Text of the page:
Gold was back in the red on Friday, on course to finish lower for the week, as a firming dollar and interest rate hikes from major central banks dented the safe-haven metal’s appeal.
Spot gold fell 0.7% to $1,844.63 per ounce by 11:45 a.m. ET, while US gold futures dipped 0.2% to $1,846.40 per ounce in New York.
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But it remains “stuck in the middle of a tug of war between inflation and interest rates,” Haberkorn added.
The US Federal Reserve announced its largest rate increase since 1994 this week, while the Swiss National Bank raised its policy rate for the first time in 15 years. The Bank of England also followed suit.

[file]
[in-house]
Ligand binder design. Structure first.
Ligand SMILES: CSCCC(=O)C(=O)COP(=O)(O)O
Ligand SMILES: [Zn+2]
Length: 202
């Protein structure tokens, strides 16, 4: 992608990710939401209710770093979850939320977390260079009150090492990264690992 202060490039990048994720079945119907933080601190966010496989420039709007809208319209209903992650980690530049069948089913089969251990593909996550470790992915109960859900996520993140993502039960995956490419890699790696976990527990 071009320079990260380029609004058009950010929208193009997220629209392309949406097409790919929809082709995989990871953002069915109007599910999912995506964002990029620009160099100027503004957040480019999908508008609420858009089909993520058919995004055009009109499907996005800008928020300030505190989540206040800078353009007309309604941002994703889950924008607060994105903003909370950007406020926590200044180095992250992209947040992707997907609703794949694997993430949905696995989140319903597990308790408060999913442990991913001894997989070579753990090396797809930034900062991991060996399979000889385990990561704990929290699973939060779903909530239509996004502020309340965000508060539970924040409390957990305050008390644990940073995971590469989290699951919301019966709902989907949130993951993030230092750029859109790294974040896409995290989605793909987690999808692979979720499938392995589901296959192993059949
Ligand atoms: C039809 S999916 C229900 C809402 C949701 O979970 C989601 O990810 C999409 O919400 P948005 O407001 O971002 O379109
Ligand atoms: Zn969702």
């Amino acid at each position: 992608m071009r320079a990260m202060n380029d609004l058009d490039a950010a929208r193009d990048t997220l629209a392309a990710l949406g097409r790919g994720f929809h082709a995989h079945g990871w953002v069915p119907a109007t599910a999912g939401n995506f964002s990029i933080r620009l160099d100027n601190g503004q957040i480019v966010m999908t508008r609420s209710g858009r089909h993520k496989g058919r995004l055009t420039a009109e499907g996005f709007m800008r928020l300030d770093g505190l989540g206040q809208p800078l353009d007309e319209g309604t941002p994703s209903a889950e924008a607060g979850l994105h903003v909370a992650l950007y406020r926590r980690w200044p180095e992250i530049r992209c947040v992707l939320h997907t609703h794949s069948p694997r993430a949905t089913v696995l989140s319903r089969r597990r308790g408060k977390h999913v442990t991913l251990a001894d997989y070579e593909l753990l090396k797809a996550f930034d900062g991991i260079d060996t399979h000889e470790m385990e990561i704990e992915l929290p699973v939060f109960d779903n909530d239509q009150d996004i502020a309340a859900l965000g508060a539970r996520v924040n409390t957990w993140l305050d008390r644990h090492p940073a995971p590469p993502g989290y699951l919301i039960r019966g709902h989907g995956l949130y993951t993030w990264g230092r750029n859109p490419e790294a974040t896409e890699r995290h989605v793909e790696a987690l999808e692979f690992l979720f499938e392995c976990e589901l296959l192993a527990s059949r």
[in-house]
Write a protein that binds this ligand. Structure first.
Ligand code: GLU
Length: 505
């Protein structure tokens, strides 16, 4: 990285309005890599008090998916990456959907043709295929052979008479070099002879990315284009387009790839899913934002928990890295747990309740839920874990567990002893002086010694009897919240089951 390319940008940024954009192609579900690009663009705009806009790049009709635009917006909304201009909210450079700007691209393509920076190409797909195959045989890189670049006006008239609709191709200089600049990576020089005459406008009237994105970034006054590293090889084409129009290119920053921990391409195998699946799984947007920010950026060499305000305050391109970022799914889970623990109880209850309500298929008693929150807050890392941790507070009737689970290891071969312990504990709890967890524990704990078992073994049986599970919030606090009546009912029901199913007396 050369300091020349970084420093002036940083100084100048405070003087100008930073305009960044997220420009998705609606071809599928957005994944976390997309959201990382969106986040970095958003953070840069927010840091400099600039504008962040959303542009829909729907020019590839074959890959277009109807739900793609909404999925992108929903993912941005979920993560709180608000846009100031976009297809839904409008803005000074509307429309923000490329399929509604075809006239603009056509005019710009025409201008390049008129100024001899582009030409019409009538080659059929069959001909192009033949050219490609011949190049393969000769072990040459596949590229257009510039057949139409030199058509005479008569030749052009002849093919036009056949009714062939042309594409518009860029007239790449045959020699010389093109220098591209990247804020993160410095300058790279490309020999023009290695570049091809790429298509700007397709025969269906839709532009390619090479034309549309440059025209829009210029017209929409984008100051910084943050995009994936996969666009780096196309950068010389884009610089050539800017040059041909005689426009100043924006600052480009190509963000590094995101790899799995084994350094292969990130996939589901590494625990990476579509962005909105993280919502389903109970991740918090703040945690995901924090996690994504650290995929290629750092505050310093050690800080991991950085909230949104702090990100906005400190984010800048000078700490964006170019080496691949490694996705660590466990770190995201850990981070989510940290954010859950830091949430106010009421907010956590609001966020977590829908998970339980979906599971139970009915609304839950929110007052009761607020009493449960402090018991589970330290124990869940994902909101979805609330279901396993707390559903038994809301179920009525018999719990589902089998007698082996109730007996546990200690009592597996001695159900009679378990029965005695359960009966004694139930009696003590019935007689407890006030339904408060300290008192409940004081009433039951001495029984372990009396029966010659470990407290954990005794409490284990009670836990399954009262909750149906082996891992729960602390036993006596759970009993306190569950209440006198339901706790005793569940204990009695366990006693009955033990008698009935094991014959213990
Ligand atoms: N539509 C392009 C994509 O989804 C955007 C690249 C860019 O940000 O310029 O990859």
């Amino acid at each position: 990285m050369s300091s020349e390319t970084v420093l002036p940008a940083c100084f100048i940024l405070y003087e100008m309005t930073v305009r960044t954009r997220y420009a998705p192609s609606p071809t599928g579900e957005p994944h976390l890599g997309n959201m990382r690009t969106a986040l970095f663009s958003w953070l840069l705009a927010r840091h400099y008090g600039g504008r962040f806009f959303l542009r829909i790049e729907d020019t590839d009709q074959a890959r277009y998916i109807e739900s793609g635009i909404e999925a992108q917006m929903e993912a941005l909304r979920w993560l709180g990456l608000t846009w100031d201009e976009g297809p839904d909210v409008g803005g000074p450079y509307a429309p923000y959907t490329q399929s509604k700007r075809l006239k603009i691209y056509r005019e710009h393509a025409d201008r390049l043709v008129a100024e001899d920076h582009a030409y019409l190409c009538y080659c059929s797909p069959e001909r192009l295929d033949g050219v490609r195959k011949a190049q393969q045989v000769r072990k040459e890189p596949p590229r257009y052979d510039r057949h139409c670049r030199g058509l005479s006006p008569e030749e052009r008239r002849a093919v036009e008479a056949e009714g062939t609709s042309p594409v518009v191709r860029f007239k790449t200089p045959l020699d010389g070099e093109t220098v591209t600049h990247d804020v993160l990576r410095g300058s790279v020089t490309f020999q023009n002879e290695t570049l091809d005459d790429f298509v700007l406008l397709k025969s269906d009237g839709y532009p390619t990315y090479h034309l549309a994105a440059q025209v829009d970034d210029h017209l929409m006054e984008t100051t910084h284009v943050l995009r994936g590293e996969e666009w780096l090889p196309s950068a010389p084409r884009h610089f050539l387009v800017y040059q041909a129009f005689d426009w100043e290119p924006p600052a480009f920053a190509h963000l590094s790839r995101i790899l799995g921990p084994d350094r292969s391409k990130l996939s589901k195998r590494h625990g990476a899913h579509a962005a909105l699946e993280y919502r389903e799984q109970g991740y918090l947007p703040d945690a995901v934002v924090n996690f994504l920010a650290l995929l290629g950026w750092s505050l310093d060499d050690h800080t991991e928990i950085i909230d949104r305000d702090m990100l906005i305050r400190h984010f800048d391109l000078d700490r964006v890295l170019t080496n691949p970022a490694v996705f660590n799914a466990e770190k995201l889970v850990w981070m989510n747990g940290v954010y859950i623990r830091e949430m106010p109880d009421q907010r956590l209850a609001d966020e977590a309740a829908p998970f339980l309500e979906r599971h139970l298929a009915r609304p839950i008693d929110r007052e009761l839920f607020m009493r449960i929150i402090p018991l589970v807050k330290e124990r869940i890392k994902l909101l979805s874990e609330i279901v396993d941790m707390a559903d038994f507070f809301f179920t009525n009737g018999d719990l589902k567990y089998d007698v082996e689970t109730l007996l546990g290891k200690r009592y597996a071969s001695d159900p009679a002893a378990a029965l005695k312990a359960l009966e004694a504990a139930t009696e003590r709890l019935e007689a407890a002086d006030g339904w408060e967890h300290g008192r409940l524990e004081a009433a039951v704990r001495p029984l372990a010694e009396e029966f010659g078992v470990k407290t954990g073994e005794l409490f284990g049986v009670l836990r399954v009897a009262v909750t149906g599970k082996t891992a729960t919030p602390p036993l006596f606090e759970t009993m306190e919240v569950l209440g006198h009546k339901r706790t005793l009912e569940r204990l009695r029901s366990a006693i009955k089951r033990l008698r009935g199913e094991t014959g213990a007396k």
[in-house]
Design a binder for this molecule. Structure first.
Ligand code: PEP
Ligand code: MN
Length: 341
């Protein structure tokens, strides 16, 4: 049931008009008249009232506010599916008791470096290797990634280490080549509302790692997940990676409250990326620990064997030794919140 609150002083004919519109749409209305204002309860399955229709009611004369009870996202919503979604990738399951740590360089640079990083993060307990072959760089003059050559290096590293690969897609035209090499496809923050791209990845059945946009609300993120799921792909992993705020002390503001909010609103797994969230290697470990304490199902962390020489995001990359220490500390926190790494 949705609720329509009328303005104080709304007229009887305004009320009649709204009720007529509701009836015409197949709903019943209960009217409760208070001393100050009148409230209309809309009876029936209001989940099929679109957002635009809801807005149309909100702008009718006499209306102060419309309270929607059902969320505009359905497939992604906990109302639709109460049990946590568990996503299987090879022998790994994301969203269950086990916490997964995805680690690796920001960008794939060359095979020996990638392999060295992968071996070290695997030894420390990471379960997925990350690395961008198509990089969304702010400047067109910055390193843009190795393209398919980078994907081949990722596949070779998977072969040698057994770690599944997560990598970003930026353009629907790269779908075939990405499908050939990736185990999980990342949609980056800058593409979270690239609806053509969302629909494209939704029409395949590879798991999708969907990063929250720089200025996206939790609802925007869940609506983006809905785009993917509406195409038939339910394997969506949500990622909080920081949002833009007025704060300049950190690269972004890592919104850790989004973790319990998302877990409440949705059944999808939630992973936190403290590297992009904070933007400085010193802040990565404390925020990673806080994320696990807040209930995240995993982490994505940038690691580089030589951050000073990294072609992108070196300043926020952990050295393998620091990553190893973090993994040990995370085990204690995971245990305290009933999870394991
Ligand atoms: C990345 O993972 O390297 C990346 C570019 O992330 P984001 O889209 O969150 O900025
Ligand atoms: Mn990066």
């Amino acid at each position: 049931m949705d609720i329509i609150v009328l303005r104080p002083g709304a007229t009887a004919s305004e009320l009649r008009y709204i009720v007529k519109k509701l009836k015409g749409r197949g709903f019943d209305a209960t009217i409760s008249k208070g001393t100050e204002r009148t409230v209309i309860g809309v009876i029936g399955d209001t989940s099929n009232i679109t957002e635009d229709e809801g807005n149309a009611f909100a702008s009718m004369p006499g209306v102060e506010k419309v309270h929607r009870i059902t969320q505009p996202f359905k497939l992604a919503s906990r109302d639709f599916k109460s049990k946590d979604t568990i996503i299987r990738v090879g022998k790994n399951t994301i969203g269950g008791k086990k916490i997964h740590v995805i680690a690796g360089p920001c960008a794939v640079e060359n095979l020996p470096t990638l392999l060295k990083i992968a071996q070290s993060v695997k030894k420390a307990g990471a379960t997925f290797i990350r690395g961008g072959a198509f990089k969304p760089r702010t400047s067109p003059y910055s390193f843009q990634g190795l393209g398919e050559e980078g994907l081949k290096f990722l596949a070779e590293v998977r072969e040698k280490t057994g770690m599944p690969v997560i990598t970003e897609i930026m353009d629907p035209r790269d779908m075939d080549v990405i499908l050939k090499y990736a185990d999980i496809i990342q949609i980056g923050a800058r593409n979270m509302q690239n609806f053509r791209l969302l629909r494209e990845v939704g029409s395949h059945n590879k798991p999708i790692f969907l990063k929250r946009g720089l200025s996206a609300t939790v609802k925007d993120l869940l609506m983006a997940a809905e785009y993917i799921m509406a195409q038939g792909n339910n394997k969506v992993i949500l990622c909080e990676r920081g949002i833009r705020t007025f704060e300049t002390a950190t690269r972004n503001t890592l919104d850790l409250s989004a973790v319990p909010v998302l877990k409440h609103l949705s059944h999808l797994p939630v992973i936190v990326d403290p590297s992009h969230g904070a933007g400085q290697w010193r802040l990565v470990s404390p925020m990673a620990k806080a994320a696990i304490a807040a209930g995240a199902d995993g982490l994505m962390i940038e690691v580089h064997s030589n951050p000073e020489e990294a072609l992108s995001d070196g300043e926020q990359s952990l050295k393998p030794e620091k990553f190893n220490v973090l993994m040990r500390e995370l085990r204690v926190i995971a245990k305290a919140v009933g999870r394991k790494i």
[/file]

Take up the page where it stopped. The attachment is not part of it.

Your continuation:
“While firmer inflation on its face is bullish for (precious metal) prices, it is now being quickly counteracted by more aggressive pricing for a policy response from the Fed and other central banks, likely keeping prices constrained,” JP Morgan said in a note.
Still, gold’s safe-haven lure is supported by rising risks of stagflation, decades-high inflation and the turmoil in risky assets, according to Saxo Bank analyst Ole Hansen. “That is why gold has not fallen at the pace dictated by rising real yields,” he said.
(With files from Reuters)